Louise Westling

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  • The Logos of the Living World: Merleau-Ponty, Animals, and Language
  • Editor, The Cambridge Companion to Literature and the Environment
  • Sacred Groves and Ravaged Gardens: The Fiction of Eudora Welty, Carson McCullers, and Flannery O'Connor
  • Eudora Welty
  • The Green Breast of the New World: Landscape, Gender and American Fiction.
  • Editor, He Included Me: The Autobiography of Sarah Rice
  • Editor, Witness to Injustice by David Frost, Jr.

Recent articles:

  • "Heidegger, Merleau-Ponty, and the Question of Biological Continuism," (New Formations 2012)
  • "The Zoosemiotics of Sheep Herding with Dogs," in The Semiotics of Animal Representations (2013)
  • "Literature and Ecology," in Teaching Ecocrticism and Green Studies (2012)
  • "Merleau-Ponty's Ecophenomenology," in Ecocritical Theory: New European Approaches (2011)
  • "Merleau-Ponty's Human-Animal Intertwining," Configurations (2010
  • "Virginia Woolf and the Flesh of the World" (New Literary History 1999)
  • "Darwin in Arcadia: Brute Being and the Human Animal Dance from Gilgamesh to Virginia Woolf" (Anglia 2006)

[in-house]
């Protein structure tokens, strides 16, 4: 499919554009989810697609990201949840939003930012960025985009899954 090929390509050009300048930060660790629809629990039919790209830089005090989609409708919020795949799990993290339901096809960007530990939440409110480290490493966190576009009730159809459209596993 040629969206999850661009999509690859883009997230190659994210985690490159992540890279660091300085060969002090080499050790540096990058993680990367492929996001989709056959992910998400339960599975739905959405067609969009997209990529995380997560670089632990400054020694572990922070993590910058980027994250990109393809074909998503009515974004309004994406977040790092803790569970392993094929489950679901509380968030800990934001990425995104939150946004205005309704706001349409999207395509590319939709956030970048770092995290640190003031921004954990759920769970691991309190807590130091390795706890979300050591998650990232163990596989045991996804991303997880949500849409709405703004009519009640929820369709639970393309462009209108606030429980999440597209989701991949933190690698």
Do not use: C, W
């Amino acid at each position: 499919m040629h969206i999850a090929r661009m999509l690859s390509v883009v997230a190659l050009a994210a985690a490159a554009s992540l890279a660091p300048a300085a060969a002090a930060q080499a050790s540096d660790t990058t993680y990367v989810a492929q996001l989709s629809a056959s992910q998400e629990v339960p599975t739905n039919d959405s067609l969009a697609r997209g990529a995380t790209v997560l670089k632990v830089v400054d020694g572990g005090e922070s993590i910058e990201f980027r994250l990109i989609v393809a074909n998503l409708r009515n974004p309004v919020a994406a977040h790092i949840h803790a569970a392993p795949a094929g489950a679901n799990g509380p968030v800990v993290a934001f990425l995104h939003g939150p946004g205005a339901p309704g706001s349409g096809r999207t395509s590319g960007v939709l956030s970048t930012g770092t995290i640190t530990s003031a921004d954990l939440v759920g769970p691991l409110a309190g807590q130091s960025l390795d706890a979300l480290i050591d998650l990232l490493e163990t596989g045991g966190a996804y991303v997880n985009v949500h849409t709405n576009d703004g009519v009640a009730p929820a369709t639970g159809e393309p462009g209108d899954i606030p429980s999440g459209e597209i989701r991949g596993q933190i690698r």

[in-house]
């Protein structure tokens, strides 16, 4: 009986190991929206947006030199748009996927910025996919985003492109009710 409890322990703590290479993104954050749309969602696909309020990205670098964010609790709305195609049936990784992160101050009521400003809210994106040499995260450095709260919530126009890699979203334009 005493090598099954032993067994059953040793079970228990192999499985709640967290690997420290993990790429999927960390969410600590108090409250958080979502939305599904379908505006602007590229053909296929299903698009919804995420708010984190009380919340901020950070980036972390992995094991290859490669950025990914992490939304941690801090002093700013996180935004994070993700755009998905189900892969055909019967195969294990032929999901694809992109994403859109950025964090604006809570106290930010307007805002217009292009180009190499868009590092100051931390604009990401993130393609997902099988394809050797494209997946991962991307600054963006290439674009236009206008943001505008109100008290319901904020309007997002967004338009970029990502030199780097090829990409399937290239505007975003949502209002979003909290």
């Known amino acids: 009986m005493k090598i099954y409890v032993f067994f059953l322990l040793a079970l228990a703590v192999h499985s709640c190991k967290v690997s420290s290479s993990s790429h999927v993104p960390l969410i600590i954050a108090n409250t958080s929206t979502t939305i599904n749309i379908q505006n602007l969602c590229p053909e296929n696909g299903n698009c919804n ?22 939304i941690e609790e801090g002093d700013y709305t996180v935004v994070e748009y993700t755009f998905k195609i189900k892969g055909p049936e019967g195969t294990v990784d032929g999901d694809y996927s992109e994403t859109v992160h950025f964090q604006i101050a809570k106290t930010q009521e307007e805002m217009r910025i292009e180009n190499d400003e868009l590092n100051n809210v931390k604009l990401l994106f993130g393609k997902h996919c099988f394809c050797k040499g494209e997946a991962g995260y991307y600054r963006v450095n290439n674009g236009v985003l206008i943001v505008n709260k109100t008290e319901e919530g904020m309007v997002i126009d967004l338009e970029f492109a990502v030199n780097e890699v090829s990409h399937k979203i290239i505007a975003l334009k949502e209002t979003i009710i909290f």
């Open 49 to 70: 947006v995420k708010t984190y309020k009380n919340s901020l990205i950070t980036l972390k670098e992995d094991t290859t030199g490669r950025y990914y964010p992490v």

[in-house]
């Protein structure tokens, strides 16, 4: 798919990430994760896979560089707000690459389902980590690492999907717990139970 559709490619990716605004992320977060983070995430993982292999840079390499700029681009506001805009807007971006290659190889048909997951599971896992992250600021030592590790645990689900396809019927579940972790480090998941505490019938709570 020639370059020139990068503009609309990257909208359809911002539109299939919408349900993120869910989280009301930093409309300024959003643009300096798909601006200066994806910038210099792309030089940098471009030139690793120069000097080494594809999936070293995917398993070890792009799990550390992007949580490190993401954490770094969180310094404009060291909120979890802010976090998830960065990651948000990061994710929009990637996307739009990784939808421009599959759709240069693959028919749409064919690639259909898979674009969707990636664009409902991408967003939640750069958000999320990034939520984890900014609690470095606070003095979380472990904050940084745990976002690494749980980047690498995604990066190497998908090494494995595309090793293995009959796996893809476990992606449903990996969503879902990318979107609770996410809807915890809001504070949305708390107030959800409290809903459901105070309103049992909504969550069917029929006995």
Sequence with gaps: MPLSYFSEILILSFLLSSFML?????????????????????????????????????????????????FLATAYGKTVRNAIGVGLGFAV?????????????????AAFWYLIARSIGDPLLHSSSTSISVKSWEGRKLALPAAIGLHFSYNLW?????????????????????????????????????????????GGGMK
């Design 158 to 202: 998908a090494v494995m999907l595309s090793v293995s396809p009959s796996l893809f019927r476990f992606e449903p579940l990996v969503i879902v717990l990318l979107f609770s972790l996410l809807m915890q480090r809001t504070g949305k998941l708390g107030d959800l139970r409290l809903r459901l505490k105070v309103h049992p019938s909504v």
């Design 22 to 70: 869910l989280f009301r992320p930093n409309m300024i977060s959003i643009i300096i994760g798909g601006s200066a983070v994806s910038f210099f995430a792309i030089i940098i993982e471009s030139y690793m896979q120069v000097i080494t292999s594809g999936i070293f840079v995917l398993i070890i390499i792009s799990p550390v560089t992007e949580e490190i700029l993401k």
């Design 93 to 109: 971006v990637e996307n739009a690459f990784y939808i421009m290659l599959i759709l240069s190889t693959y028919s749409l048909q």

• "Literature, the Environment, and the Question of the Posthuman" (Nature in Literary and Cultural Studies  2006)
  • "Heidegger and Merleau-Ponty: Ecopoetics and the Problem of Humanism" (Culture, Creativity and Environment 2007).



I teach in both the English Department and the Environmental Studies Program. My current research focuses on ecophenomenology and literature, animality, and embodiment in language.  A related activity is herding sheep with Australian Kelpies, a good way to learn and develop cross-species communication.  Recent conference presentations have been

  • "The Human/Animality Dance of Sheep Herding," which draws upon Vicki Hearne's and Donna Haraway's work but extends their considerations with the phenomenological attention to language of Maurice Merleau-Ponty.
  • "Stranded on the Ark: Yann Martel's Life of Pi."
  • "Merleau-Ponty's Human-Animality Intertwining""


The Green Breast of the New World

In searching American literary landscapes for what they can reveal about our attitudes toward nature and gender, The Green Breast of the New World considers symbolic landscapes in twentieth-century American fiction, the characters who inhabit those landscapes, and the gendered traditions that can influence the figuration of both of these fictional elements.

The Logos of the Living World: Merleau-Ponty, Animals, and Language

Presenting the philosophy of Maurice Merleau-Ponty as a theoretical grounding for studies in environmental humanities, ... Read more


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